In February, the government published the Shawcross Review into the “Prevent” strand of the government’s anti-terrorism strategy. The review made many recommendations, including that Prevent should focus more greatly on what the review referred to as “non-violent Islamist extremism” and narrow its approach to what it referred to as “the Extreme Right Wing”. Amnesty International’s own research into Prevent found discrimination and interference with freedom of thought and expression.1

In March, the government-commissioned Casey Report on the standards of behaviour and internal culture at the Metropolitan Police was published. It found numerous issues, including institutional racism, sexism and homophobia. In May, the outgoing Chief Constable of Police Scotland gave a speech in which he admitted that institutional racism, sexism, misogyny and discrimination existed in the police force.

In March and June, respectively, the Children’s Commissioner for England and Wales and the Northern Ireland Policing Board each published research into the use of strip-searching by police against children. The Children’s Commissioner’s report found, among many other concerns, that Black children were up to six times more likely to be strip-searched than other children.

Following 7 October, reports of antisemitic and Islamophobic hate crimes escalated dramatically. Between 1 October and 13 November, the Metropolitan Police reported that 779 antisemitic offences were recorded, an increase of 1,200% on the same period the year before. In the same period, 343 Islamophobic offences were reported, a 236% increase.

Sexual and reproductive rights

Despite being decriminalized in Northern Ireland, abortion remained criminalized in England and Wales, and Scotland, subject to lawful exceptions determined by doctors. In 2023, six women were charged with illegal abortion offences. In July, a woman was sentenced to a 14-month suspended prison sentence after pleading guilty to self-administering an abortion outside the legal time limits.

Ongoing barriers obstructed access to abortion services in Northern Ireland following decriminalization, including multiple failings by the devolved government, under-resourced and understaffed services, conscience-based refusals, misinformation and pervasive stigma.2


In September, the Northern Ireland Troubles (Legacy and Reconciliation) Bill was passed into law. The act effectively created an amnesty and terminated all inquests, inquiries and investigations into killings and other Troubles-related human rights violations. They were to be replaced by a light-touch review by a new Independent Commission for Reconciliation and Information Recovery. The act was widely criticized by victims, political parties in Northern Ireland and the government of the Irish Republic, as well as a range of international human rights monitors. The act was met with immediate legal challenges by victims and families. In December, the Irish government announced its intention to launch an inter-state case against the UK at the European Court of Human Rights, arguing that the act’s provisions breach the European Convention on Human Rights.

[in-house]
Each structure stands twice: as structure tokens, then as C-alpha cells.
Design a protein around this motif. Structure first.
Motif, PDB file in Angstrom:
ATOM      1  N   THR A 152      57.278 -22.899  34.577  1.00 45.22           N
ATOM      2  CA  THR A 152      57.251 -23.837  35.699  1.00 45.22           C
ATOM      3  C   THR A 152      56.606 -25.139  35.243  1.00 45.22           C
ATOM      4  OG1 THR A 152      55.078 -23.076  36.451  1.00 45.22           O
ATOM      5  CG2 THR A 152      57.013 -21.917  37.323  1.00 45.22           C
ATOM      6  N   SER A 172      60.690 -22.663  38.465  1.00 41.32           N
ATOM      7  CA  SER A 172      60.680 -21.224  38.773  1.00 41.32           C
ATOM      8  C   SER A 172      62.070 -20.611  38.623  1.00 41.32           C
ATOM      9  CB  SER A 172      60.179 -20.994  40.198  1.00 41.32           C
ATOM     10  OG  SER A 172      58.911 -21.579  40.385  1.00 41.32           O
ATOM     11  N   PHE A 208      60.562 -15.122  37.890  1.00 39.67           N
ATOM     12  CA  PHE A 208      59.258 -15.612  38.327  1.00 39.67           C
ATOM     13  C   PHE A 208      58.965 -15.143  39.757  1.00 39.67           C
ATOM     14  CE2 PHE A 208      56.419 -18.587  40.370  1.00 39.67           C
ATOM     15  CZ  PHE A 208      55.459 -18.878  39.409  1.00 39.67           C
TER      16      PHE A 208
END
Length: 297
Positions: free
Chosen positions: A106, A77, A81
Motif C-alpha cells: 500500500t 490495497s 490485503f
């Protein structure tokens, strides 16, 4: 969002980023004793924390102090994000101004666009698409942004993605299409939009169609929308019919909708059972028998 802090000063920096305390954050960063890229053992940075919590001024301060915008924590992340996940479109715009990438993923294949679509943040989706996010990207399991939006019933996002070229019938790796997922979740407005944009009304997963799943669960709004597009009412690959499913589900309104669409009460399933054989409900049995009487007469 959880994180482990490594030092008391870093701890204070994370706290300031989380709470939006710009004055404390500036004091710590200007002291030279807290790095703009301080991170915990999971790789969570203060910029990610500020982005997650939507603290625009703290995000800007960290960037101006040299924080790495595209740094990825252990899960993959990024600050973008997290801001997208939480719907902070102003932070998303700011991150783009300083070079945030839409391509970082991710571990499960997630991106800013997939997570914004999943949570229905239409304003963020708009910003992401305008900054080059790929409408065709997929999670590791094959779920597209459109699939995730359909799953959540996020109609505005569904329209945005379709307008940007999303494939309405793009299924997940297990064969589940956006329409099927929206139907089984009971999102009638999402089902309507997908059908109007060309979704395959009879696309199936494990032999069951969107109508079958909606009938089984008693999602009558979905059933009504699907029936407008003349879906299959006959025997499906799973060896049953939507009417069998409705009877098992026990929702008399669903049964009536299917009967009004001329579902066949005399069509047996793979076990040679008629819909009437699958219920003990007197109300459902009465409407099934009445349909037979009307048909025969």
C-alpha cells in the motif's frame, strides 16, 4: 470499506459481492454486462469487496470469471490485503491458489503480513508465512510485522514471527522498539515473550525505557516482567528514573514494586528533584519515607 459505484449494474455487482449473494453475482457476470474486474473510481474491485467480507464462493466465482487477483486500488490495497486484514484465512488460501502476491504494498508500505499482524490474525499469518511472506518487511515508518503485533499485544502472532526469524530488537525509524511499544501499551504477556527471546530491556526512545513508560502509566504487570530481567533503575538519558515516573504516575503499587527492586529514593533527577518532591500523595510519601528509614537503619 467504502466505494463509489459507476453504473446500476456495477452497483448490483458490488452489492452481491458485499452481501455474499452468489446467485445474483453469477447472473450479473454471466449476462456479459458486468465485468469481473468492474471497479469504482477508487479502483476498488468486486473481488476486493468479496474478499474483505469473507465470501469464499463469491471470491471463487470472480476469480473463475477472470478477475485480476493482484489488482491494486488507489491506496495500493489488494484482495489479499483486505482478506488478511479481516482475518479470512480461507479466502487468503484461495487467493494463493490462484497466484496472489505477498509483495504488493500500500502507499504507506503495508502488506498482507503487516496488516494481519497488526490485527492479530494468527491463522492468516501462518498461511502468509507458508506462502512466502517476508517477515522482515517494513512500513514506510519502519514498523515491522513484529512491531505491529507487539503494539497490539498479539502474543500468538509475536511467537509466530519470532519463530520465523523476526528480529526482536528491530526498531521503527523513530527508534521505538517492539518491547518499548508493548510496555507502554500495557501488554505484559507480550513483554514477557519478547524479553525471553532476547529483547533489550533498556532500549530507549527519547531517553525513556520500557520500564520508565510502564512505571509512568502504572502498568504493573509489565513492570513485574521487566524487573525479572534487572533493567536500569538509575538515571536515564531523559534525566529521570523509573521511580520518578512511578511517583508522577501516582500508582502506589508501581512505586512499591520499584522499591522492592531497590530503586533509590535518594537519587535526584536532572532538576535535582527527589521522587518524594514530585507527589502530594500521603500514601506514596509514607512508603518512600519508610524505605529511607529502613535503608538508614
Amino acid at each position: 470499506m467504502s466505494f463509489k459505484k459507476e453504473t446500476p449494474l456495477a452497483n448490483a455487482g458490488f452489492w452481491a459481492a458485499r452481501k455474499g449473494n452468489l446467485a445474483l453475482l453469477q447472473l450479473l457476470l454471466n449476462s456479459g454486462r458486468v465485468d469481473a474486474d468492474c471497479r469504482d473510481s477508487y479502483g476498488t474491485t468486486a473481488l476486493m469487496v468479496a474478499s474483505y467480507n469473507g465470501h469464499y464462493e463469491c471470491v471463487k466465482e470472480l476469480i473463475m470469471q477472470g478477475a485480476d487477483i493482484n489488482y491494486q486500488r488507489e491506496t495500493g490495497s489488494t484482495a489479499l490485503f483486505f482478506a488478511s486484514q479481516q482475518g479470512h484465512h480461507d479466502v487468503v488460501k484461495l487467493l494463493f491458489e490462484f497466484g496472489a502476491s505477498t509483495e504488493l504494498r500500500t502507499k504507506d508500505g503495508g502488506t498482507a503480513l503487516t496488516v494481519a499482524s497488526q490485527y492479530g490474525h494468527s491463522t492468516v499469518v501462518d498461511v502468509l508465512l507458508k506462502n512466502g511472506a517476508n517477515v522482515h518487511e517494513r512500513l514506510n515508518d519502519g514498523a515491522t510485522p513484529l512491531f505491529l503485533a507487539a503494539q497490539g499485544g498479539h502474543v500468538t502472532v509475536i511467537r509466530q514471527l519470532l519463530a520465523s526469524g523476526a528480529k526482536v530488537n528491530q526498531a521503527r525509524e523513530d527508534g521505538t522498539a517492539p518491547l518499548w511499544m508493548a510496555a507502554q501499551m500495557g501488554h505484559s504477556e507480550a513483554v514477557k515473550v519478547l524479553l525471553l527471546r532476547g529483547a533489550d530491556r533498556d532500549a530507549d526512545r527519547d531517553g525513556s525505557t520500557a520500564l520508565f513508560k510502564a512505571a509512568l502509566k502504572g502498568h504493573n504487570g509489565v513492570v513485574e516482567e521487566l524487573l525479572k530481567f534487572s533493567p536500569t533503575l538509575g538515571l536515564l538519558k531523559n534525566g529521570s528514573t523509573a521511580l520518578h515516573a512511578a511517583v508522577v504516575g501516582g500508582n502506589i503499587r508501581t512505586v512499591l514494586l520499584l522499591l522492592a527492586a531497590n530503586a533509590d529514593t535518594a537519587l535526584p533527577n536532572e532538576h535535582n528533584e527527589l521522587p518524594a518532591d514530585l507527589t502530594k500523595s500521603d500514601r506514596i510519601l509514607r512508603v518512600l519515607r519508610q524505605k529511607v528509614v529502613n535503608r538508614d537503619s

Refugees’ and migrants’ rights

In June, the “Illegal Migration Act” passed into law. The act and government rhetoric around it were in conflict with the UN Refugee Convention and the European Convention on Human Rights. The act banned the government from processing asylum claims made by people who had arrived without prior permission, and required the government to expel them and never permit them lawful residence in the UK. This reinforced an existing policy of refusing to process asylum claims by people deemed to have arrived irregularly via countries perceived as safe. The policy affected the majority of asylum claimants in the UK.

In November, the Supreme Court ruled that the government’s policy of expelling people seeking asylum in the UK to Rwanda was unlawful. In response, the government signed a new treaty with the Rwandan government and tabled legislation in parliament requiring courts to treat Rwanda as a safe country, disapplying large parts of the Human Rights Act and other rights-protecting legal instruments and substantially limiting the ability of the courts to intervene. Thelegislative process was ongoing at the end of the year.

In September, a government-commissioned inquiry into abuses of people detained at Brook House Immigration Removal Centre was published. The report found a prevailing culture of abuse, including 19 instances of inhuman or degrading treatment of detained people by staff within a five-month period. Nevertheless, the 2023 “Illegal Migration Act” granted new powers to detain people for immigration purposes without effective judicial oversight.

Hostile government and media rhetoric against migrants increased throughout the year. In September, the then Home Secretary singled out trafficking survivors, and gay and women refugees. Safeguards for migrant survivors of human trafficking and unaccompanied children were removed or reduced through the “Illegal Migration Act”. At the same time, steep increases to visa fees were imposed, further impoverishing migrants in the UK.

Workers’ rights

In response to large-scale public sector strikes in schools, universities, hospitals and railway services, in July, parliament passed the Strikes (Minimum Service Levels) Act, which potentially breached the right to freedom of association. The act gave ministers broad powers to determine levels of service that must be maintained during industrial action in a range of broadly defined sectors, such as health, education and transport. Workers failing to comply with “work notices” would lose their protection against unfair dismissal. The act also provided that a union failing to ensure named members broke the strike would face severe financial penalties.

  1. This is the Thought Police: The Prevent Duty and its Chilling Effect on Human Rights, 16 November
  2. Legal but Not Local: Barriers to Accessing Abortion Services in Northern Ireland, 7 December